Cimpliance Vs Cartridge loading


Hello allI know I'm a pain, but need help??I have a PS Audio, phono stage, trouble is cartridge, loading starts at 100 ohm, then next adjustment, is 500 ohms, I'm running a Dennon?Zu 103, rated as 300 ohms, into 500 ohm, Yea great bass, but the treble is far to harsh, turning, back to 100"ohms,  I have lost all my bass slam??, an the sound is very boring!!, I'm stuck!!
I'm thinking of buying the "Herron VTPH 2 A phono stage, I don't know how this will sound, or is available in Australia??, at lease I can insert any RCA connectors?? , But am confused the difference between  impedance, and cartridge loading??, can some one help, with all the above, the main object, is to keep the great bass, but shaved the top end, just a bit??, it is a bit hard for me as you have many shops, in the US, we have three, and where I live, I'm four hours drive, from them, but they are not any where good??, cheap stuff!!,
Regards
David SpryAustralia

Dfc1b742 2146 4dcb bc58 f88d04cbafe0daveyonthecoast
Compliance has nothing to do with a cartridge loading.
Your cartridge is low compliance anyway, no matter which loading you’re using.

Gold Note PH-10 phono stage will give you an amazing opportunity for MC cartridges, it’s brand new top quality product, you can find more information about it HERE

I am happy with this phono stage for most of my MC (i have many).
External PSU is a must have too

P.S. you can always try your Denon with SUT + MM phono stage as an alternative to your MC phono stage.
I'm pretty sure there are many better cartridges than your Zu DL103 with conical stylus, maybe it's time to try another cartridge with better stylus profile if you need more bass and better treble ?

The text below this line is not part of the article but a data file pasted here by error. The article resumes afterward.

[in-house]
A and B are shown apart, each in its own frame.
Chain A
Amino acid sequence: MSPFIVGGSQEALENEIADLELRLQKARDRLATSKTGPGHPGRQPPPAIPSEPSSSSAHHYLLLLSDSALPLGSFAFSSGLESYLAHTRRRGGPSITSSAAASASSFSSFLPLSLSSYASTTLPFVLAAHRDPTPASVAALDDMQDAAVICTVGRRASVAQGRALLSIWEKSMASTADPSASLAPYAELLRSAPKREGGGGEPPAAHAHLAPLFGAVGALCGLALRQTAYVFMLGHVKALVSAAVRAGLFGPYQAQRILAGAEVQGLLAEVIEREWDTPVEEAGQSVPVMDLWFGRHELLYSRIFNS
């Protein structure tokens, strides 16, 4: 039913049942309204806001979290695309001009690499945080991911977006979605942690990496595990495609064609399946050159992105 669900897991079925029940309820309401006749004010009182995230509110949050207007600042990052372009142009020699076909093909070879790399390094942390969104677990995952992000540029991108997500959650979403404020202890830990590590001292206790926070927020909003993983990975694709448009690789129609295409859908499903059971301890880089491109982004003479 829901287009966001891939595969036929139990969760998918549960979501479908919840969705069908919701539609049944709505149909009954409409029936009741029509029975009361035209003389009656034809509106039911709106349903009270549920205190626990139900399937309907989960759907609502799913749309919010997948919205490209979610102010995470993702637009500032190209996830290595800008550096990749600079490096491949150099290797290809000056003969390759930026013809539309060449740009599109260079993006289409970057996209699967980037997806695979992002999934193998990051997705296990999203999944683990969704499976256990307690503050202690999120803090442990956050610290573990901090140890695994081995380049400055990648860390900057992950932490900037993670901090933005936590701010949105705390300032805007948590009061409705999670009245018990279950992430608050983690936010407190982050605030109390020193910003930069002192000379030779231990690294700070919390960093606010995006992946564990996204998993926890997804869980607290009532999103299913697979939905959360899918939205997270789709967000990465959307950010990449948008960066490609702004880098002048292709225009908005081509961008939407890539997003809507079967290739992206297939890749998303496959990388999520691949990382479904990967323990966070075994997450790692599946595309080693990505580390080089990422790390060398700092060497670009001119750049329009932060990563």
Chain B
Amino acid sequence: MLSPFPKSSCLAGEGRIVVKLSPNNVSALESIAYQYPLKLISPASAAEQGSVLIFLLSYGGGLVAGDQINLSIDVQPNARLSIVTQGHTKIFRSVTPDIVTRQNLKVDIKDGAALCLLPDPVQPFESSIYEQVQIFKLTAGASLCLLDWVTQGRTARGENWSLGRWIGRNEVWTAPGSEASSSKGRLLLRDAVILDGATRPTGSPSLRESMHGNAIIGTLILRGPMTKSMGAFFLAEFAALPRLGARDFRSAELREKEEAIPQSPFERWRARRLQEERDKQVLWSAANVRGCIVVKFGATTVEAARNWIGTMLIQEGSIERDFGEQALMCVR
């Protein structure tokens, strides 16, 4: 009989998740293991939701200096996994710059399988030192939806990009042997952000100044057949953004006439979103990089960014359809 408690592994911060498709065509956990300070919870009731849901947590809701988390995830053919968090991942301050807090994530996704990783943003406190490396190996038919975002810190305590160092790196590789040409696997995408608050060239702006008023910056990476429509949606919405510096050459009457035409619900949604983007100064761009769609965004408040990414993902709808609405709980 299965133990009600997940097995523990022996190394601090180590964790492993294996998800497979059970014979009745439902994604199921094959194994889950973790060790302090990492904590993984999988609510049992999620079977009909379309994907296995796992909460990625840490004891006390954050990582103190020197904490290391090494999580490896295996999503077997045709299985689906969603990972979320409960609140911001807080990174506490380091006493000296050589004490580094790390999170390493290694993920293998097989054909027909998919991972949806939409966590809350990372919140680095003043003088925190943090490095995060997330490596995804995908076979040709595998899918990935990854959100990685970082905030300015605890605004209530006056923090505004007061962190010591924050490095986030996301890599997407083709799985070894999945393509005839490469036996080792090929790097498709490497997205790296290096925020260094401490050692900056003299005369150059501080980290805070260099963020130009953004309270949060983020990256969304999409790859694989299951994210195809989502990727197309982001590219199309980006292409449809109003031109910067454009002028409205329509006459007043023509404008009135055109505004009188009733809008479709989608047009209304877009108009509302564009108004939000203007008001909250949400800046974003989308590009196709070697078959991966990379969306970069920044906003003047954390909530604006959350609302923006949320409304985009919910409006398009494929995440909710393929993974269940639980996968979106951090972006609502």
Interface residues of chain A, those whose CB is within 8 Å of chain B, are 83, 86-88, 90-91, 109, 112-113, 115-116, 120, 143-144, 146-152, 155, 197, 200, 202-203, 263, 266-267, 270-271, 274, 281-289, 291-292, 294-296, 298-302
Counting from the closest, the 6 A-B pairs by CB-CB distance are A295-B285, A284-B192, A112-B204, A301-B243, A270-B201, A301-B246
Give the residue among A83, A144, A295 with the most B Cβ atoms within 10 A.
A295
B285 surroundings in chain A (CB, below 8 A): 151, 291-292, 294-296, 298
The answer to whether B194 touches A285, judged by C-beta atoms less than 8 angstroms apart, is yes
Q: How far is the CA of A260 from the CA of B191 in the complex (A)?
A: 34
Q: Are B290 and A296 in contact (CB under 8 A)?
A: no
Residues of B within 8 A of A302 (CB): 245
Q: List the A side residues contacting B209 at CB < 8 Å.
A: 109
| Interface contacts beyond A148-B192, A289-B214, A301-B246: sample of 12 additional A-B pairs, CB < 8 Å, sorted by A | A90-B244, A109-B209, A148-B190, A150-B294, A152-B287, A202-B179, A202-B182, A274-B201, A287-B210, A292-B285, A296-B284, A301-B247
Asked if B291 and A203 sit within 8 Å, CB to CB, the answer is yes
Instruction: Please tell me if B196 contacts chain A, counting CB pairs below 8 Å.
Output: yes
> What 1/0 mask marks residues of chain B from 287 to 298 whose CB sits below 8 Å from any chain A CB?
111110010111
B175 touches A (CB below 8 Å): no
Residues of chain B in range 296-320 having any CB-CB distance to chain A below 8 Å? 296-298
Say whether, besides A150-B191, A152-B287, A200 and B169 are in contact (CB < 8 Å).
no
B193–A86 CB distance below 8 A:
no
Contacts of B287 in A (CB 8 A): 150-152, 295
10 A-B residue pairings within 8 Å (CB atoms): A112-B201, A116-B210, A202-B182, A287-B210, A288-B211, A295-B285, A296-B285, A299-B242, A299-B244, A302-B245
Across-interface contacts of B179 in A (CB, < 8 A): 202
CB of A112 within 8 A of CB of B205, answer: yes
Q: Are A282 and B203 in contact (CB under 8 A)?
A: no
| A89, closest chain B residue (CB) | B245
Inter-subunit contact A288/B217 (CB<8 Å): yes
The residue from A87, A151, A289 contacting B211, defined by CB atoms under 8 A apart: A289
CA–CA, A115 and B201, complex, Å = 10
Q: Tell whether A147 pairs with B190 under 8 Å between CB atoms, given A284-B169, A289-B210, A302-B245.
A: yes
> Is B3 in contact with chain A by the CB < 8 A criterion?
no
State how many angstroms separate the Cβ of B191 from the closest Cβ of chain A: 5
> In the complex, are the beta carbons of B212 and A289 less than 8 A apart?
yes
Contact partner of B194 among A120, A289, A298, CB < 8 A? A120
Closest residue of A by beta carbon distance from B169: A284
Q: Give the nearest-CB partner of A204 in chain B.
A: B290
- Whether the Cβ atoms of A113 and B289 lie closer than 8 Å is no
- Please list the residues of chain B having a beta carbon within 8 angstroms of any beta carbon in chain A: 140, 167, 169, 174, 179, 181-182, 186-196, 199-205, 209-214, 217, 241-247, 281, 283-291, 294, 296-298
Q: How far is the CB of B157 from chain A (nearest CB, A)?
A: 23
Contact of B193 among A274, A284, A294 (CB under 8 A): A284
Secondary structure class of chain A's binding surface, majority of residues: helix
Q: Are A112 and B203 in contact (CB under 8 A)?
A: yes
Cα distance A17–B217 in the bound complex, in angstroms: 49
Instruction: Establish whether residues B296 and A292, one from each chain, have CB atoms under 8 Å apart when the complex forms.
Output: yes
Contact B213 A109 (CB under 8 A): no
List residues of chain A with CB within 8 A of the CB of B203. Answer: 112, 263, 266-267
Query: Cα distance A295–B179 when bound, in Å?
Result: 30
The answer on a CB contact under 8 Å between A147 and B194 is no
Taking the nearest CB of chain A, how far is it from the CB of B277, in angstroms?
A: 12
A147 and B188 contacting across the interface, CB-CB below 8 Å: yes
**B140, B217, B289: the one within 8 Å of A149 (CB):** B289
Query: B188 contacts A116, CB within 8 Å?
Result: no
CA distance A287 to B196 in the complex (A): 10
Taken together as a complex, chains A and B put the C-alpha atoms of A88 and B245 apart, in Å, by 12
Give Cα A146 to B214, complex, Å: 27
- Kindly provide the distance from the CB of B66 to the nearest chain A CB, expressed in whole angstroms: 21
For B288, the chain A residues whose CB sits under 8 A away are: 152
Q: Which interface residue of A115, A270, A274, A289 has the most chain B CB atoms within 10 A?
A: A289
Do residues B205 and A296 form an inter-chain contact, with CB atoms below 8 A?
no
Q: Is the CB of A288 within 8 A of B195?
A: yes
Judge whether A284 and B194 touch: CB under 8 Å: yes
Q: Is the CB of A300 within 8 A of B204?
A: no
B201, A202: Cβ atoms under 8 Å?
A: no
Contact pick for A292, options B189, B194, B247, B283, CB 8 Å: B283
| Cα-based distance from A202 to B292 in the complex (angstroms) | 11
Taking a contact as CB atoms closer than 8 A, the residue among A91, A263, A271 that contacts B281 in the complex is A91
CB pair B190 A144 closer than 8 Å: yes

Typically, when you go to a lower numeric value for loading (going from 500 ohms to 100 ohms) you are increasing the loading and this does cut the high frequencies.  This tends to make the bass seem MORE prominent, but you are reporting a loss in bass slam, so this is somewhat anomalous.  I think you are hearing increase in bass as bass being a bit loose.  

Your "free" option, at this point, is to try adjusting the vertical tracking angle (VTA) of the cartridge.  This also affects tonal balance--higher angle (toward more of a tail up, nose down attitude) would mean more highs and a leaner tighter bass, lower angle would increase bass and lower treble.  There might be some new combination of loading and VTA that gets you closer to what you want.

Good luck on solving your issues.

What you could be experiencing is a cartridge / tonearm mismatch, not a loading issue.  IME, the Zu/Denon likes a high(er) mass tonearm to get that tight articulated bass.
Yes, a heavier arm (add a US nickel - 5 grams) to the headshell will help, along with some experimentation to the VTA! I own several variants of the 103 and they can be finicky to set up!